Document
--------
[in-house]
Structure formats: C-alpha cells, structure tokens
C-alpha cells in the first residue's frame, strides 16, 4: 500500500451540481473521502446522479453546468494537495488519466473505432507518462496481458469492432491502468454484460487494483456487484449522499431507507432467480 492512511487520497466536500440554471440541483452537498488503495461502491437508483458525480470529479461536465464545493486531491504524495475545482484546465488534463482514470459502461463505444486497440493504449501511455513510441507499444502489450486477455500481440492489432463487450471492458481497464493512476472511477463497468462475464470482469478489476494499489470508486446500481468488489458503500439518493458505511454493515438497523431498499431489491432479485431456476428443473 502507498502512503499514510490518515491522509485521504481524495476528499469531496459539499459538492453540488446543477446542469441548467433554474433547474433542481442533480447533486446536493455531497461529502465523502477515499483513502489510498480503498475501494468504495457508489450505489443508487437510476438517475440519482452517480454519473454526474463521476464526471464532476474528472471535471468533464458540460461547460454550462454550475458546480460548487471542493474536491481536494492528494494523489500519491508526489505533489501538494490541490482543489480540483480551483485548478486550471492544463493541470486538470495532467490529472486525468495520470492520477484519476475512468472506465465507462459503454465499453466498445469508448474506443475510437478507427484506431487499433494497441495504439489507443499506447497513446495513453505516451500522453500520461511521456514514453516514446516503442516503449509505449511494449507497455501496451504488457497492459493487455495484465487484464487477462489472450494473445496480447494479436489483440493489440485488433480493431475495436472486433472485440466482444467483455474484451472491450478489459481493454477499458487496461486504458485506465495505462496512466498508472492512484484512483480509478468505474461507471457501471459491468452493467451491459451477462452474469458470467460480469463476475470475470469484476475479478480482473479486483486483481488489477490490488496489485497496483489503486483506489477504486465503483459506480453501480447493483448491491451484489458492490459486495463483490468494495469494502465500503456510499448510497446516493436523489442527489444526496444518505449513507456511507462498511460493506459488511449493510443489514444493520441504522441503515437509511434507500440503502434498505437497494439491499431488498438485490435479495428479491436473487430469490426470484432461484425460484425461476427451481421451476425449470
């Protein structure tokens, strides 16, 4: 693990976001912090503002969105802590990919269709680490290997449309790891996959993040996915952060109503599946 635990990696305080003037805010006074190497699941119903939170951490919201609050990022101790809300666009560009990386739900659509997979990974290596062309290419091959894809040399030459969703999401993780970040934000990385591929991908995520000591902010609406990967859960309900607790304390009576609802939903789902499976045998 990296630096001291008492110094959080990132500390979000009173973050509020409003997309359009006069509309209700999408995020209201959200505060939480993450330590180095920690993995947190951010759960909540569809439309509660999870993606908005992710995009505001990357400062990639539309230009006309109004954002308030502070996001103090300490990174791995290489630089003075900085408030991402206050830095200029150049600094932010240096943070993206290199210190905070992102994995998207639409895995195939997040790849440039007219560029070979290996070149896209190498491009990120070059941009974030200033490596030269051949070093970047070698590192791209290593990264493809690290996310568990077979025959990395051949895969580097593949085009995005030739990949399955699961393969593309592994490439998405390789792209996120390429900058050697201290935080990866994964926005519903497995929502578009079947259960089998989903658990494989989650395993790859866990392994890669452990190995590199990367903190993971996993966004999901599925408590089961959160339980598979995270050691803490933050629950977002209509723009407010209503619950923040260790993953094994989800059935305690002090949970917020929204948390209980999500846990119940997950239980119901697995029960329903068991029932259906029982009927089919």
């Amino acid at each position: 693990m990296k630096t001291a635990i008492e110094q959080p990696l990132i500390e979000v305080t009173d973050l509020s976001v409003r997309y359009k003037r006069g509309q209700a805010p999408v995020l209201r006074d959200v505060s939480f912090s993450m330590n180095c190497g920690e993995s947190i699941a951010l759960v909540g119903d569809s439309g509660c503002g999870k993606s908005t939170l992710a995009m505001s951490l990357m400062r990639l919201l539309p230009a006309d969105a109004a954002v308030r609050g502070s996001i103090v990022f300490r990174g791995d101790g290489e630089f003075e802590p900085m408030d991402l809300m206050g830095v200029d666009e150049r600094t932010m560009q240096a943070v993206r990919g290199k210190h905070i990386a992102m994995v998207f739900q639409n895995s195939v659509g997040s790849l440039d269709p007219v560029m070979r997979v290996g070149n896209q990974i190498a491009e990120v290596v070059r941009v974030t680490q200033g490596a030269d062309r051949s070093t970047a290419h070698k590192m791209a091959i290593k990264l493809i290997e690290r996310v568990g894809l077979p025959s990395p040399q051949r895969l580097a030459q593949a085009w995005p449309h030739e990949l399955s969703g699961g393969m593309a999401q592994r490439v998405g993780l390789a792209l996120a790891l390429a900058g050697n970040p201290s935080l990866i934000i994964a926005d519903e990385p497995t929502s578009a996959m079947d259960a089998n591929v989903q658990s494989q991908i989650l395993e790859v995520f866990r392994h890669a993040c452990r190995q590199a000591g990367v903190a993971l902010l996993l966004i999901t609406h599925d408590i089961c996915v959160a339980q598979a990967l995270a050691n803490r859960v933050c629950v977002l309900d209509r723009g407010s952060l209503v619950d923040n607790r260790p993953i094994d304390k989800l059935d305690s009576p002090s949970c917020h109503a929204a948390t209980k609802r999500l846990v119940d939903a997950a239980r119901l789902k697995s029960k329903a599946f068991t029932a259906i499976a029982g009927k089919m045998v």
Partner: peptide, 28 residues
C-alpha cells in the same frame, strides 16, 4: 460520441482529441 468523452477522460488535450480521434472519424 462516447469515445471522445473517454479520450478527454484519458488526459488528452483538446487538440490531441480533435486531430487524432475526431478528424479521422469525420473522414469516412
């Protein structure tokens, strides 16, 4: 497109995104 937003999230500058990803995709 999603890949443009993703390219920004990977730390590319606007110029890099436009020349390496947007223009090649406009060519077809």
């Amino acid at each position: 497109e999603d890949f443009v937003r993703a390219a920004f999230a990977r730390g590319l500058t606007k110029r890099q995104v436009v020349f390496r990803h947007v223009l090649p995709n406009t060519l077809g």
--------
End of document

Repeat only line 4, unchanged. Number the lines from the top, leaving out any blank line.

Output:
């Protein structure tokens, strides 16, 4: 693990976001912090503002969105802590990919269709680490290997449309790891996959993040996915952060109503599946 635990990696305080003037805010006074190497699941119903939170951490919201609050990022101790809300666009560009990386739900659509997979990974290596062309290419091959894809040399030459969703999401993780970040934000990385591929991908995520000591902010609406990967859960309900607790304390009576609802939903789902499976045998 990296630096001291008492110094959080990132500390979000009173973050509020409003997309359009006069509309209700999408995020209201959200505060939480993450330590180095920690993995947190951010759960909540569809439309509660999870993606908005992710995009505001990357400062990639539309230009006309109004954002308030502070996001103090300490990174791995290489630089003075900085408030991402206050830095200029150049600094932010240096943070993206290199210190905070992102994995998207639409895995195939997040790849440039007219560029070979290996070149896209190498491009990120070059941009974030200033490596030269051949070093970047070698590192791209290593990264493809690290996310568990077979025959990395051949895969580097593949085009995005030739990949399955699961393969593309592994490439998405390789792209996120390429900058050697201290935080990866994964926005519903497995929502578009079947259960089998989903658990494989989650395993790859866990392994890669452990190995590199990367903190993971996993966004999901599925408590089961959160339980598979995270050691803490933050629950977002209509723009407010209503619950923040260790993953094994989800059935305690002090949970917020929204948390209980999500846990119940997950239980119901697995029960329903068991029932259906029982009927089919």